1. Follow the steps on this KB to update the USG offline or SSH if have the internet access on USG https://help.ubnt.com/hc/en-us/articles/204910064-UniFi-Changing-the-Firmware-of-a-UniFi-Device#USG2
  2.  Then follow this steps to change the LAN IP of the USG https://help.ubnt.com/hc/en-us/articles/236281367-UniFi-How-to-Adopt-a-USG-into-an-Existing-Network
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BT Broadband – Faster Speeds

BT have said they are going to increase my speed

This I find really interesting as I hardly use what I have.  I monitor my speed on an hourly basis, As you can see, it is pretty reliable.  The dips are relatively small, usually plenty in reserve.  I have had one outage although that may have been when I was fiddling with my LAN setup.  This limiting factor – external bandwidth / site speed.

As ever, the press release is bull, aimed at the uninitiated. It will not improve the number of devices that can connect reliably.

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Cloudflared DNS over HTTPS (DoH) and Pi-Hole

(Using the new WordPress Editor and I am not sure I like it – in fact I hate it.  Gone back via the ‘Classic Editor’ plugin)

Background

I have been following Troy Hunt and Scott Hulme, 2 well known security experts and decided to try and employ DNS over HTTP (DoH).

I already had Pi-Hole installed on a DietPi VM (my favoured building block) so the logical thing was to put the cloudflared daemon on the same machine.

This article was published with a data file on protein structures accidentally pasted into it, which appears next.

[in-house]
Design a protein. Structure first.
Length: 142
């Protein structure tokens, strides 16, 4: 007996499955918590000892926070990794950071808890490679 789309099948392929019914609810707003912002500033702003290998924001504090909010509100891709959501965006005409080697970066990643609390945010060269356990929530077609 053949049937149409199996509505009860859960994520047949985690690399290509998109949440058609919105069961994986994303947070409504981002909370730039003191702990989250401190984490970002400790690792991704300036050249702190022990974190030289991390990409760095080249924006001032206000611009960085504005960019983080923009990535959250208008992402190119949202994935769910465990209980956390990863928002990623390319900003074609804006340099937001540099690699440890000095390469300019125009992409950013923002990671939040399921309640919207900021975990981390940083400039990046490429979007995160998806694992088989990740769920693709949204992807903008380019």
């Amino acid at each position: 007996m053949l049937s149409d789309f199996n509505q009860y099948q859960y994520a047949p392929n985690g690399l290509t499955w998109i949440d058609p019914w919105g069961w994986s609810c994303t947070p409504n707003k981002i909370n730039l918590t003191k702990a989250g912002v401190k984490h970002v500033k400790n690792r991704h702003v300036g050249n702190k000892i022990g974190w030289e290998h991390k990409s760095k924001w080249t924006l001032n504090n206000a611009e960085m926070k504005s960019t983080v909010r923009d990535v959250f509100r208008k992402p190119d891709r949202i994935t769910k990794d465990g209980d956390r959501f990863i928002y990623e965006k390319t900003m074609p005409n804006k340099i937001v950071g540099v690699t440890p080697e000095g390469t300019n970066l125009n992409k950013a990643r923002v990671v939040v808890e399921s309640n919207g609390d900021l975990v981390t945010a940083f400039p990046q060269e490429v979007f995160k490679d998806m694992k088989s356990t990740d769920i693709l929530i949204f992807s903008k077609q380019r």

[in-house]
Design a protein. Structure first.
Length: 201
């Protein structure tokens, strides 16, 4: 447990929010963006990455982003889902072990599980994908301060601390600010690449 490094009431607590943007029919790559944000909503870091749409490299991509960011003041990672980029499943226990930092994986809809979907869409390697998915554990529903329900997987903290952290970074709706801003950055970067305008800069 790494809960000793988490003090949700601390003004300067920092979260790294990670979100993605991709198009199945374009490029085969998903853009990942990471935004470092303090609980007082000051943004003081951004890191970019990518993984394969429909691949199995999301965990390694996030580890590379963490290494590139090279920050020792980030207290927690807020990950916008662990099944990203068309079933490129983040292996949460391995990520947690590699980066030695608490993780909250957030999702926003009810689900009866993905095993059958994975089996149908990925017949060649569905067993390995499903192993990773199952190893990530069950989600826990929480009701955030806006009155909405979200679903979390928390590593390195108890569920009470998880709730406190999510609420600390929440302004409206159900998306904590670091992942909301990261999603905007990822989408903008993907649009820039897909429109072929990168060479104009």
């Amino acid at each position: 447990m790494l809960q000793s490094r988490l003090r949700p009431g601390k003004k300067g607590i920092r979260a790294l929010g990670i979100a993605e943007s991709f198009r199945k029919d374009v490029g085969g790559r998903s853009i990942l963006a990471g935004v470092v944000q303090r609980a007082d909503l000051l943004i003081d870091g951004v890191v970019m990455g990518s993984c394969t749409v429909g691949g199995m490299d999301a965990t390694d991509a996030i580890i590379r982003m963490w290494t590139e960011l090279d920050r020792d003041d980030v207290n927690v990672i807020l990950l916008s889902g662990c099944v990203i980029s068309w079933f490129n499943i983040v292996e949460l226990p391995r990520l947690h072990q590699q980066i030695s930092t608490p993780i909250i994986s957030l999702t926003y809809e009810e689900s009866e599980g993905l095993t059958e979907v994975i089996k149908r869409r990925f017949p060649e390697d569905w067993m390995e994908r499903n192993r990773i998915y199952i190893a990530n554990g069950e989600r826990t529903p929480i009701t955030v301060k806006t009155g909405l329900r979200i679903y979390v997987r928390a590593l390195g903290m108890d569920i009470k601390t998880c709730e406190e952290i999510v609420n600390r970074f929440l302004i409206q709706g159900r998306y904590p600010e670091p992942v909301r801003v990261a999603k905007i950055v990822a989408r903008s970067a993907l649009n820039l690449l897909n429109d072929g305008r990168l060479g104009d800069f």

I used a combination of the following 3 references

Installation & Configuration

First step is to install the cloudflared package

To check it is installed correctly;

Next step is to configure the package correctly.  There are 2 means of providing a configuration to cloudflared; a config file or a yaml file.  I did not find the yaml method before I did the config.  I may change it at some point.

To setup the config file, create the following file

With this content

Setup a Service

Once configured, the next step is to run cloudflared as a service.  Create the required file;

and insert the following text;

Note I have commented out the reference to the user as this is DietPi and I simply run everything as root.

Once the file has been created, enable the service and start it;

To check that the service is running;

should return something like this

To test if this is working use this command;

The final piece of the puzzle is to now get Pi-Hole to use this for the DNS queries.  This is quite easy to do, simply add in  127.0.0.1#5053 to the custom DNS entry in the settings.

Change the Listener IP Address

There is one final thing.  Because of the way I wanted to set my network up, some devices bypass Pi-Hole but I still wanted the DNS queries to go via DoH.  In order to do that I wanted to point those machines DNS directly to the IP address hosting the Cloudflared daemon.  However it didn’t work.  After some discussion on the forum and looking at the output of  netstat -lnp I established that cloudflared was only listening on the loopback interface (127.0.0.1).

The solution was to add an  --address 0.0.0.0 parameter to the config line.

While the output of the netstat command still does not reflect the setup of a service like lighttpd, it does work.